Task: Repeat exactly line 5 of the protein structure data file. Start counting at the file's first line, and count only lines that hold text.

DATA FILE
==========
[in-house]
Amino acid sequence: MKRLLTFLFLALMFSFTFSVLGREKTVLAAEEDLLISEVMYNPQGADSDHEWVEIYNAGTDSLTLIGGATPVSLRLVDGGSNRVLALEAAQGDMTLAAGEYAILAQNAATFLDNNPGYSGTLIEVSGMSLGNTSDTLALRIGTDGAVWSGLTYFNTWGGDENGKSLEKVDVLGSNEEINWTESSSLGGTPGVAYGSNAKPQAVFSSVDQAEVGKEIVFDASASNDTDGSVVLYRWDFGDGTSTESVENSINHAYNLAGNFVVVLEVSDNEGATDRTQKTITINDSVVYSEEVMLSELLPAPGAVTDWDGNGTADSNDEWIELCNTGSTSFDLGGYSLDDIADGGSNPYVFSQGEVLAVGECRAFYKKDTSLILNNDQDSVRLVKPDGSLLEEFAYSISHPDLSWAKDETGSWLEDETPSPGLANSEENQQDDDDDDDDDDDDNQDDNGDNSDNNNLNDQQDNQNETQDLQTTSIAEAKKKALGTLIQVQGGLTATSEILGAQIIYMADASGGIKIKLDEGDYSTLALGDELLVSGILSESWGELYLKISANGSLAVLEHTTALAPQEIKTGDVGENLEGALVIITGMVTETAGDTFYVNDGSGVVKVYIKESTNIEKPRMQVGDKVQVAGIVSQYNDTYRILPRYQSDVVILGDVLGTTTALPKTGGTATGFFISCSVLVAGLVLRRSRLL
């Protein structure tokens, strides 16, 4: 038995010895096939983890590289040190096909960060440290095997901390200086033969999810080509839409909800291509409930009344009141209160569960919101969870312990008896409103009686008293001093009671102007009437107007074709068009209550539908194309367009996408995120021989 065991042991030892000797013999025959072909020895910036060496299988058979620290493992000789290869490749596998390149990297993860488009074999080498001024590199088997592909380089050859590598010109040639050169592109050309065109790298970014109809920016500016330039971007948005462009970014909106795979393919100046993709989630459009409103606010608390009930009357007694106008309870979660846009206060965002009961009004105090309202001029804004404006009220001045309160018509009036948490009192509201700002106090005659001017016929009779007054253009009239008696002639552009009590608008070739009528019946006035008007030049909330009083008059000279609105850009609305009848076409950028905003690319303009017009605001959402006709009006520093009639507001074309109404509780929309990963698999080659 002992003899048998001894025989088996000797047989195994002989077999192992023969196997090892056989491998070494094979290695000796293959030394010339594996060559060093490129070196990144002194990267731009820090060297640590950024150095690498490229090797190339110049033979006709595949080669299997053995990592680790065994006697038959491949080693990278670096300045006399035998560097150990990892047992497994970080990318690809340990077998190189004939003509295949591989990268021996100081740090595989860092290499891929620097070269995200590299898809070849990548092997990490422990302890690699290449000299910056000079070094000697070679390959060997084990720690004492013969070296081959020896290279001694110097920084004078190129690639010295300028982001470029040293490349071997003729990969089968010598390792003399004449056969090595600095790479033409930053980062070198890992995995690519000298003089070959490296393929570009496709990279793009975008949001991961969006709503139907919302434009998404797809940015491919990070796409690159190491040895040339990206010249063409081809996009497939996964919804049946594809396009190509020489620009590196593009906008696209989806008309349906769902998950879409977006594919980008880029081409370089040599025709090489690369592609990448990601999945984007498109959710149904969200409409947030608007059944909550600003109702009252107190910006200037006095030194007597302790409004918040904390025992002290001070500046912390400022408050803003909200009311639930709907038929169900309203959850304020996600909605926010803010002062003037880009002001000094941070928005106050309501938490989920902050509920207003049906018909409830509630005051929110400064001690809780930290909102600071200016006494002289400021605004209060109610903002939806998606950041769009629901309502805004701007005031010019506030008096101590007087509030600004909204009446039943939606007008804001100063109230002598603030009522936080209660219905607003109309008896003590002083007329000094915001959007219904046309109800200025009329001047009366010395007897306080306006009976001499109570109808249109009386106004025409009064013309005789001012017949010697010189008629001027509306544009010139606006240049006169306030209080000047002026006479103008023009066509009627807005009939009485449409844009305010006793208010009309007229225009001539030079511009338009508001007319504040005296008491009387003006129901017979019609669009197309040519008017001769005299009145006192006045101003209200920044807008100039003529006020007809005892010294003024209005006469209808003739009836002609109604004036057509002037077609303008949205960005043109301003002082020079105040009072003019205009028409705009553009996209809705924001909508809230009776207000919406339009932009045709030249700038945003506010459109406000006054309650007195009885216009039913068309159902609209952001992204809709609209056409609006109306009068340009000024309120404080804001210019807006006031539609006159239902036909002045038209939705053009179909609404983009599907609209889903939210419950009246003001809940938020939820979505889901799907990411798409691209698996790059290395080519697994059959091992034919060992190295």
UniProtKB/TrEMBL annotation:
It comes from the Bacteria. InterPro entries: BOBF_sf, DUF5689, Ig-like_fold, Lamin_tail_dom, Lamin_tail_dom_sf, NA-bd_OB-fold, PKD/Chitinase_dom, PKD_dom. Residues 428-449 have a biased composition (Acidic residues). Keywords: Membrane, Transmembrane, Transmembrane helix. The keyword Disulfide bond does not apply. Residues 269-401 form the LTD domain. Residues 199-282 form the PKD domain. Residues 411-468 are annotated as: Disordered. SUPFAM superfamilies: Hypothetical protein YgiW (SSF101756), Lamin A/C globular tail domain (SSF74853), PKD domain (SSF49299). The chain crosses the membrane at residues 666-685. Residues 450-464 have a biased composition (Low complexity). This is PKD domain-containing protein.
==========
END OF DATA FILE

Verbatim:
It comes from the Bacteria. InterPro entries: BOBF_sf, DUF5689, Ig-like_fold, Lamin_tail_dom, Lamin_tail_dom_sf, NA-bd_OB-fold, PKD/Chitinase_dom, PKD_dom. Residues 428-449 have a biased composition (Acidic residues). Keywords: Membrane, Transmembrane, Transmembrane helix. The keyword Disulfide bond does not apply. Residues 269-401 form the LTD domain. Residues 199-282 form the PKD domain. Residues 411-468 are annotated as: Disordered. SUPFAM superfamilies: Hypothetical protein YgiW (SSF101756), Lamin A/C globular tail domain (SSF74853), PKD domain (SSF49299). The chain crosses the membrane at residues 666-685. Residues 450-464 have a biased composition (Low complexity). This is PKD domain-containing protein.